Indonesian-style chop suey. Cap cay (pronounced: tsaap tsaay, traditional Chinese: 雜碎, simplified Chinese: 杂碎, hanyu pinyin: zá suì) is Indonesian food that is from the influence of Chinese food. Indonesian people already adapt this recipe and is eaten everywhere throughout Indonesia by everybody, not only by Indonesian Chinese. But Indonesian Chinese version is more elaborate and consists of more ingredients including chicken liver and baby corn.
The word "cap cay" is from Chinese Fujian dialect which means "mixed vegetables". Americans know this food by the name of "chop suey" but the Indonesian style is a bit different. Many people think that this recipe must use ten kinds of vegetable because the word "cap" in Fujian dialect very much resemble the word "cap" from that very same dialect which means "ten". But actually, how many types of vegetables used is not important.
Although this is a vegetable recipe, you can add pork, beef, chicken, tofu, meatball, fish meatball, or shrimp too. Actually, you can add all kinds of ingredients you think would fit in. Pork is usually used by Indonesian Chinese. Indonesian Muslim replace the pork with beef or chicken. This recipe is very easy and fast to cook.
- 2 medium size carrots, sliced
- 10 beef meatballs, sliced thinly and round
- 2 carrots, peeled and sliced thinly diagonally
- 100 g cauliflower, cut according to each piece of the flower
- 100 g mustard greens, cut about 3 inches length each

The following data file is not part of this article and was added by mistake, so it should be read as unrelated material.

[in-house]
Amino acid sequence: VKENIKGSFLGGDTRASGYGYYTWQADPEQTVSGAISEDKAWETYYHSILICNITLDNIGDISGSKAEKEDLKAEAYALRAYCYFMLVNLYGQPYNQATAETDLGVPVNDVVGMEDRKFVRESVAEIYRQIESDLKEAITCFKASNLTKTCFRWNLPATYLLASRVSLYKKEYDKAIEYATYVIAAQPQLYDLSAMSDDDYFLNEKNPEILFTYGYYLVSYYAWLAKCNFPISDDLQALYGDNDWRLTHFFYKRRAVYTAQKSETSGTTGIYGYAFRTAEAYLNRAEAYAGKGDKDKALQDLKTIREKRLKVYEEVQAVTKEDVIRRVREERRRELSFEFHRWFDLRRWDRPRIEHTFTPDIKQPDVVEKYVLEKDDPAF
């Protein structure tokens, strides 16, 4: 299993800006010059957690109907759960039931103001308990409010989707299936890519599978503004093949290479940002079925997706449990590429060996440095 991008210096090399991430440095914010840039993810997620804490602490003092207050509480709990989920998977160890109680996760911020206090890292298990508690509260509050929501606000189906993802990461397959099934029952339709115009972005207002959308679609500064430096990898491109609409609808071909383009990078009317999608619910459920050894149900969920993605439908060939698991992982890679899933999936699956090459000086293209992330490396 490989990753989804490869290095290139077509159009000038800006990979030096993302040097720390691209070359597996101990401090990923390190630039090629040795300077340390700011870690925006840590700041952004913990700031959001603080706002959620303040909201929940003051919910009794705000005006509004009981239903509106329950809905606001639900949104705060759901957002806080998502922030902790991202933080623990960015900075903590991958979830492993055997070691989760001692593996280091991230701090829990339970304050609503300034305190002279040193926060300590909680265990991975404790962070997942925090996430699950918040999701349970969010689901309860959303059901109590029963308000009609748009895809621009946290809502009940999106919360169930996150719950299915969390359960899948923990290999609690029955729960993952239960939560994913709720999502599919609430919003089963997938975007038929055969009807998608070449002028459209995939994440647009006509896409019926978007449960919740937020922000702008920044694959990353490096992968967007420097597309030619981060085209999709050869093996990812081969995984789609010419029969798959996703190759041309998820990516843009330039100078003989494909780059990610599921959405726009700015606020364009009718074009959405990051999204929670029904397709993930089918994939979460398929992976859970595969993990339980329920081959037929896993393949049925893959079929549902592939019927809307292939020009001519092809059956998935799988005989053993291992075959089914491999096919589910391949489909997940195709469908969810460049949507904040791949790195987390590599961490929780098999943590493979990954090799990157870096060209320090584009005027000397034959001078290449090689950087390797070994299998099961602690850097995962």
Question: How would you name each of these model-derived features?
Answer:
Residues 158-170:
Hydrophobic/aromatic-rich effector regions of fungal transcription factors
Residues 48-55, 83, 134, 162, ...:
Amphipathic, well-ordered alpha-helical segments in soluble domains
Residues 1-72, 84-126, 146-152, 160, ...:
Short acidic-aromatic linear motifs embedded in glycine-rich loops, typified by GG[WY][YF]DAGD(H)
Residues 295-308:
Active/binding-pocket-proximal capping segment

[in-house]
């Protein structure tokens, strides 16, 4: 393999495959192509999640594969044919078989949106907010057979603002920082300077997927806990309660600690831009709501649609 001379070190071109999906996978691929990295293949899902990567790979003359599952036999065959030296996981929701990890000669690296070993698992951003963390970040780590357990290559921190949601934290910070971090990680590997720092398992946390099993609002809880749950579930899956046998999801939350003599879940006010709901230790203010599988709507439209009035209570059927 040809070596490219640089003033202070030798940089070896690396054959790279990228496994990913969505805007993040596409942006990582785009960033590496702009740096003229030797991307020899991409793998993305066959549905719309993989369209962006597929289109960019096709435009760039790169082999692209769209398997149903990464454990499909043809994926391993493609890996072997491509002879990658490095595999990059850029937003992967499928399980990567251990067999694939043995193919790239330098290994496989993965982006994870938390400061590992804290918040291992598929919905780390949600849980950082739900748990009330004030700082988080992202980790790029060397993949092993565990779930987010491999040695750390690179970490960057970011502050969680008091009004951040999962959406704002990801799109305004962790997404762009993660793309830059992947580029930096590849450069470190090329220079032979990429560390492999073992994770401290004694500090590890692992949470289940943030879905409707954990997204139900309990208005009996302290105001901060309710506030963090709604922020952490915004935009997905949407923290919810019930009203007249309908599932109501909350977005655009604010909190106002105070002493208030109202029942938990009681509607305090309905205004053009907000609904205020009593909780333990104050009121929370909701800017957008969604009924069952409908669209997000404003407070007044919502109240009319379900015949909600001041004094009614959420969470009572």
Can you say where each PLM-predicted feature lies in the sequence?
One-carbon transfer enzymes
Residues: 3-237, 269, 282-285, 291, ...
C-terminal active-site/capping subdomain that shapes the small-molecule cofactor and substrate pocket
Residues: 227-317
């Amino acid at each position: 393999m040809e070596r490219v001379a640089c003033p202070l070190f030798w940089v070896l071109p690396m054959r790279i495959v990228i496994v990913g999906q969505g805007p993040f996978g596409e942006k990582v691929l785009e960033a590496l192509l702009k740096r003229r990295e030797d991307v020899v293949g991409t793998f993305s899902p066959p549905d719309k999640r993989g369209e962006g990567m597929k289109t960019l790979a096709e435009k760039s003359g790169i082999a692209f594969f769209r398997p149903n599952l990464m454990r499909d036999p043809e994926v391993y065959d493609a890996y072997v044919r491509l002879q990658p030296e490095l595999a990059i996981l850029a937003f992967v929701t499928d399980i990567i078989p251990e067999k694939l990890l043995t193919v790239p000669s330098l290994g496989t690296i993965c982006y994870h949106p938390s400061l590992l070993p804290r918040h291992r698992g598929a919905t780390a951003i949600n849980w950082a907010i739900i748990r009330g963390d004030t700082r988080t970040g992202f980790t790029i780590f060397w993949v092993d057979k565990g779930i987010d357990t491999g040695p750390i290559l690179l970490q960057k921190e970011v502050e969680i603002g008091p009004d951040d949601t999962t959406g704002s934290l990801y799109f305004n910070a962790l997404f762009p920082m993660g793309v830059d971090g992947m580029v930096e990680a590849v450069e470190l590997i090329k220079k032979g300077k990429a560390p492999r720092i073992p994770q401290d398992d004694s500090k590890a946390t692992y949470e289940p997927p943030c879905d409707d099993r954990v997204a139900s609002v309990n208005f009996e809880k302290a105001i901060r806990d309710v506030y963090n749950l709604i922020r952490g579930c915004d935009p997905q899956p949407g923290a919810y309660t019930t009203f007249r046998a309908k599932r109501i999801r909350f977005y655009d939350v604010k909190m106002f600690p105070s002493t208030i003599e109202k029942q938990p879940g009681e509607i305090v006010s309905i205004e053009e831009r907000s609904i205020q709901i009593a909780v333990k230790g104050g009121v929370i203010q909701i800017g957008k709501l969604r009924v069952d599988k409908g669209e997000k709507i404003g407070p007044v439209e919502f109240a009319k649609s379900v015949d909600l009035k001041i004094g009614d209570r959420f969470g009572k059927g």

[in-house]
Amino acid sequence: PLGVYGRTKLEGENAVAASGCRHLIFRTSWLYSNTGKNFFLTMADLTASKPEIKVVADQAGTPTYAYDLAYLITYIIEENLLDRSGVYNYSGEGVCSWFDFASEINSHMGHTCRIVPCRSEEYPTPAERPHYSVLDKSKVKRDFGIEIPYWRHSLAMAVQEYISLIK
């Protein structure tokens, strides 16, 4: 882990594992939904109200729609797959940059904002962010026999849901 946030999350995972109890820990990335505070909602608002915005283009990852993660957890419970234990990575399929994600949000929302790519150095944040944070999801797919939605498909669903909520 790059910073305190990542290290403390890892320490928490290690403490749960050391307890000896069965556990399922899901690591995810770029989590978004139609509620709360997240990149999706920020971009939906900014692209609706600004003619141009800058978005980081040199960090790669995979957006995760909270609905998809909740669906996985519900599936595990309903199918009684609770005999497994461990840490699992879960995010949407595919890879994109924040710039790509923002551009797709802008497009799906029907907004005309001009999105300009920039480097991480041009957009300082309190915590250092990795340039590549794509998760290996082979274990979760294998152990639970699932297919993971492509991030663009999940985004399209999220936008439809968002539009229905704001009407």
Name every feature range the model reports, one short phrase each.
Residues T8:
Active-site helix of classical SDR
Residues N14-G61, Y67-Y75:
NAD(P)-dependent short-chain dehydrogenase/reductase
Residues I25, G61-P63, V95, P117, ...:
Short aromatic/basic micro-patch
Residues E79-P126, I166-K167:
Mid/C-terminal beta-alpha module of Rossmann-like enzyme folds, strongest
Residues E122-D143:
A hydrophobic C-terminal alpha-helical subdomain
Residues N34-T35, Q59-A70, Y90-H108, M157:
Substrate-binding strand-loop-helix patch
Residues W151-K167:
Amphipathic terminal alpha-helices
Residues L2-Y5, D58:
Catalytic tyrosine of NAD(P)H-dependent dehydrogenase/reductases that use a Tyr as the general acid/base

- 2 green onion, sliced diagonally about 1 cm length each
- 2 cloves of garlic, chopped
- 2 teaspoon ginger, chopped
- ½ big Brown onion, sliced thinly
- 1 teaspoon olive oil or vegetable oil for sautéing (see: Opor Ayam for details of Indonesian-style sautéing) Indonesian Chinese prefer to use or add a bit of pork fat for more flavour.
- 100 ml chicken stock
- Heat oil.
- Sauté garlic and ginger until it smells good.
- Add Indian onions, stir until withered.
- Add meatballs and carrot, cook until the carrots are withered.
- Add stock, cook until boiled.
- Add cauliflower, mustard greens and green onion. Cook until the vegetables are crisp but still fresh.
- Add the solution of cornflour.
- Add pepper and salt (or soy sauce) to your taste. Stir a bit.
- Cook until the sauce is thick enough.
- Serve hot with rice or eaten by itself.
- For vegetarians, omit the meat ingredients and stock, and use olive oil or vegetable oil.